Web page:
camel
Mers coronavirus has infected Saudi Arabian camels 20 years and killed 80 people since 2012Wiki Commons

The coronavirus responsible for Middle East Respiratory Syndrome (Mers) has been prevalent in Saudi Arabian camels for at least two decades, according to new research.

Mers is a serious viral respiratory illness and according to the World Health Organisation, it has been identified in 182 people and killed 79 since 2012. Most infections have occurred in Saudi Arabia, yet the origin of the disease has remained unclear.

In the American Society for Microbiology journal, it has been revealed Mers-CoV is widespread and affects an estimated three-quarters of the camel population.

W Ian Lipkin, of Columbia University New York, said: "Our study shows the Mers coronavirus is widespread. Adult camels were more likely to have antibodies to the virus while juveniles were more likely to have the active virus.

He added: "This indicates that infection in camels typically occurs in early life, and that if people get the virus from camels the most likely source is young camels."

MERS
Mers-CoV particles under a negative stain electron microscopWikimedia Commons

Experts have focused on camels and bats as the source of the illness. The first known human case of Mers was in a Saudi Arabian man who had four pet camels.

It is thought that the virus is spread by respiratory secretions, although whether camels are potential reservoirs for human transmission is not yet confirmed.

Lipkin added: "Our findings suggest that continuous, longer-term surveillance will be necessary to determine the dynamics of virus circulation in dromedary camel populations."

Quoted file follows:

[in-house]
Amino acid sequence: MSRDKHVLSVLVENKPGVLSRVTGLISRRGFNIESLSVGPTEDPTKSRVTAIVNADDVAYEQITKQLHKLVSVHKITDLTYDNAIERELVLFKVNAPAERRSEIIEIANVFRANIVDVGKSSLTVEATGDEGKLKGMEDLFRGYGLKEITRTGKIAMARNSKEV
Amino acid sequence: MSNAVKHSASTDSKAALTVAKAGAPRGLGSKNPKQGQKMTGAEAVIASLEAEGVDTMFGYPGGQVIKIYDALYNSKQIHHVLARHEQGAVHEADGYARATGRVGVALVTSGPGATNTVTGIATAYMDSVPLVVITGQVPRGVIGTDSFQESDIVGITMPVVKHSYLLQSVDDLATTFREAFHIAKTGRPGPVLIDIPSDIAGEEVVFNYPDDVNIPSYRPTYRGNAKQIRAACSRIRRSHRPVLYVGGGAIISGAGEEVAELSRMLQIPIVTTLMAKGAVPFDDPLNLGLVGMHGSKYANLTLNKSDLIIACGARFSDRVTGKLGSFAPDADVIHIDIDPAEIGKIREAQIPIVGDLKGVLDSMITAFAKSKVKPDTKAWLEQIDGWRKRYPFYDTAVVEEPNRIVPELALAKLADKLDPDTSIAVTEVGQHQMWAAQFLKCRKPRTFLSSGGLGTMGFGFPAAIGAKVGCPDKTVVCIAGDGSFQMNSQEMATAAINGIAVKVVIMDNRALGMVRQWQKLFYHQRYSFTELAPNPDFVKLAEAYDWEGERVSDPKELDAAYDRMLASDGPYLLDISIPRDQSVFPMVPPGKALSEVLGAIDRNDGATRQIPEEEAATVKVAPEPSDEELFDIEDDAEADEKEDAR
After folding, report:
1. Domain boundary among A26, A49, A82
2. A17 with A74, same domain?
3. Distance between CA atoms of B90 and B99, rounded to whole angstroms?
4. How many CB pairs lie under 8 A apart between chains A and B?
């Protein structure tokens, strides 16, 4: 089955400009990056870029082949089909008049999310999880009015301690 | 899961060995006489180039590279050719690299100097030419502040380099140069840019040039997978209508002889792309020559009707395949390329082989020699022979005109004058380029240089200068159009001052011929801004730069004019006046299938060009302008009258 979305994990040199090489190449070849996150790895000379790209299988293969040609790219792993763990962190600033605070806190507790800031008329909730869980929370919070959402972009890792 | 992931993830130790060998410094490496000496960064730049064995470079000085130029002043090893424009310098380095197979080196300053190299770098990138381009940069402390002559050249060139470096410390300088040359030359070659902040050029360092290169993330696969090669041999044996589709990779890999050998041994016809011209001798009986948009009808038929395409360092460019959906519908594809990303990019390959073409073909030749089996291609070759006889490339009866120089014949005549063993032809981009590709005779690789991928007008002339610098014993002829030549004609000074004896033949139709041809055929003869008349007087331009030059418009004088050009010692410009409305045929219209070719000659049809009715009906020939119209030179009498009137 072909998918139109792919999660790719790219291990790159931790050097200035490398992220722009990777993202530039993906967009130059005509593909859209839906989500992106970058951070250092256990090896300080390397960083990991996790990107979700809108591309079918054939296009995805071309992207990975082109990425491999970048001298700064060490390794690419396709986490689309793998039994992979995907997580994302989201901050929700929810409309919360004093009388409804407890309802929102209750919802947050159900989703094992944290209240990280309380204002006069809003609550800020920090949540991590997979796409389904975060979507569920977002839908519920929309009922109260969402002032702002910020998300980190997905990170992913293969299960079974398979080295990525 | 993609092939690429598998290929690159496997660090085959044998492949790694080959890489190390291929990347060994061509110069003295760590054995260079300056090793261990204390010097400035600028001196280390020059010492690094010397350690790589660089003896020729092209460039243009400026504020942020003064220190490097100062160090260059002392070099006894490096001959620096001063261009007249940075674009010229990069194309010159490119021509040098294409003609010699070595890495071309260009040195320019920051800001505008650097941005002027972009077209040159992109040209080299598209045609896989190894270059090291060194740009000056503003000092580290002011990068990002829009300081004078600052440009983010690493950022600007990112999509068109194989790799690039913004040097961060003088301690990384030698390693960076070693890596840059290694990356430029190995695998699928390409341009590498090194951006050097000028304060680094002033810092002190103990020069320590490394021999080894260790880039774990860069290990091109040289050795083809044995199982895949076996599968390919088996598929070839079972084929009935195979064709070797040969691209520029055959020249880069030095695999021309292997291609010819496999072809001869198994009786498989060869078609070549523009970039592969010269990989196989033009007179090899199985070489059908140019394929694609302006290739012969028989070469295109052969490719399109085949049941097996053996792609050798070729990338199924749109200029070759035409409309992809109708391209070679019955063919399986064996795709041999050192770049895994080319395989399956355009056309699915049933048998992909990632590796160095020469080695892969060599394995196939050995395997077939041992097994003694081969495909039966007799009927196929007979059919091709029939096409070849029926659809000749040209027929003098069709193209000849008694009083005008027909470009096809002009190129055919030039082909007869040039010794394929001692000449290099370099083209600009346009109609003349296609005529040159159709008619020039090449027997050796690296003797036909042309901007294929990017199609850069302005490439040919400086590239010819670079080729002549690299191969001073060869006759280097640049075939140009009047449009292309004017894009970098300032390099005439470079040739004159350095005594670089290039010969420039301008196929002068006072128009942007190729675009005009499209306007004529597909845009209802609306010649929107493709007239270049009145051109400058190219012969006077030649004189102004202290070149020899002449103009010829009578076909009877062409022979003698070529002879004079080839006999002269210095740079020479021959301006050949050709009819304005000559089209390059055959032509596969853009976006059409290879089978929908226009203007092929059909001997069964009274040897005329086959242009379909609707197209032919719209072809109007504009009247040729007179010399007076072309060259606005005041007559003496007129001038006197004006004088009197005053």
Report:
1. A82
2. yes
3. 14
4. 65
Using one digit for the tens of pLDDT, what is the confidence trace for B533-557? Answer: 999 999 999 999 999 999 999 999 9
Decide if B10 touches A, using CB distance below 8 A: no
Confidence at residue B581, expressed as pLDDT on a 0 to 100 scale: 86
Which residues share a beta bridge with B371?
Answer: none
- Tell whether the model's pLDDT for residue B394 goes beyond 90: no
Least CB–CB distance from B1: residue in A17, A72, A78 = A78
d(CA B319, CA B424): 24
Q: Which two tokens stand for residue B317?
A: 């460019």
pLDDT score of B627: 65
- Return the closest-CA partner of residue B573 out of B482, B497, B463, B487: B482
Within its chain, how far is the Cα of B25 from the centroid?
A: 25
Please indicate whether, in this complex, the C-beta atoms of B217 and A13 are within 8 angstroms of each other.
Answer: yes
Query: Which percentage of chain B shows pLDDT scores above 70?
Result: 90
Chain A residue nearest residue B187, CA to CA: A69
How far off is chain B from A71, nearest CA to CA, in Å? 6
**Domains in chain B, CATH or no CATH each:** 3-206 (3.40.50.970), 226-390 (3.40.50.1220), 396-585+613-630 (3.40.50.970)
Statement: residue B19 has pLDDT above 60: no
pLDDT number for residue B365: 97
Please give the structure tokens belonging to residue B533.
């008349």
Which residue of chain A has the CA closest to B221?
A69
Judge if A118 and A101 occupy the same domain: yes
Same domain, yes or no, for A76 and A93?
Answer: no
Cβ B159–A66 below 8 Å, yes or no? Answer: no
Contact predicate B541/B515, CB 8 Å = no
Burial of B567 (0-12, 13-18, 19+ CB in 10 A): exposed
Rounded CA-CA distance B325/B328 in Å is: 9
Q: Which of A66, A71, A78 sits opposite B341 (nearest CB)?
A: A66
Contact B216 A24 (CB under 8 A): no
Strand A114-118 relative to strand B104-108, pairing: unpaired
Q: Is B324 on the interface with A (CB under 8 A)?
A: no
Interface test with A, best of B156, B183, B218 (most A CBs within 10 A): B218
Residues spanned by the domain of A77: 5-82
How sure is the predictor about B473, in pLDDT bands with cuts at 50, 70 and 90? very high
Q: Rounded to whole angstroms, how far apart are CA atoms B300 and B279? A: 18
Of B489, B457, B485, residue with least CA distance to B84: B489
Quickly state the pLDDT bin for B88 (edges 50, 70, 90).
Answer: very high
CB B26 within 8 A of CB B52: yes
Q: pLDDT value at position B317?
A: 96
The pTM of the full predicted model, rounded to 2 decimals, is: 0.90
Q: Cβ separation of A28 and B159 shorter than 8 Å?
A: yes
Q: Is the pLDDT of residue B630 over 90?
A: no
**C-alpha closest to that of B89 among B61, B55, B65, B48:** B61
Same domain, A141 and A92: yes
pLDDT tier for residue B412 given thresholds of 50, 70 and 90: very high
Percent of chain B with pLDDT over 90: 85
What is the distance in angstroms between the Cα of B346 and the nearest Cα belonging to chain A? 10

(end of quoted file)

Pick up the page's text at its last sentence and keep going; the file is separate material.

In the study, investigators from the United States and Saudi Arabia conducted a comprehensive survey of dromedary camels throughout Saudi Arabia. They collected blood samples, as well as rectal and nasal swabs from camels, sheep and goats last November and December.

The blood samples were tested for antibodies reactive with Mers-CoV, and the swabs and blood for active virus. Researchers also analysed archived blood samples from dromedary camels, taken between 1992 and 2010.

Overall, 74% of camels sampled countrywide harboured antibodies to Mers-CoV. More than 80% of adult camels throughout Saudi contained antibodies to the virus, while in camels age two or younger the prevalence ranged from 90% in the east to 5% in the southwest.

In addition, antibodies to the virus were seen in camel serum samples dating back to 1992, which strongly suggests that either Mers-CoV or a closely related virus has been circulating in animals in the country for at least two decades.

The researchers also found that active virus was frequently detected in nasal swabs in 35% of young camels and 15% of adult camels countrywide. It was less frequently found in rectal swabs and not in blood, indicating that the virus most likely is spread by respiratory secretions.

Lead authors for the paper were Abdulaziz Alagaili of King Saud University and the Saudi Wildlife Authority in Riyadh and Thomas Briese of Columbia University.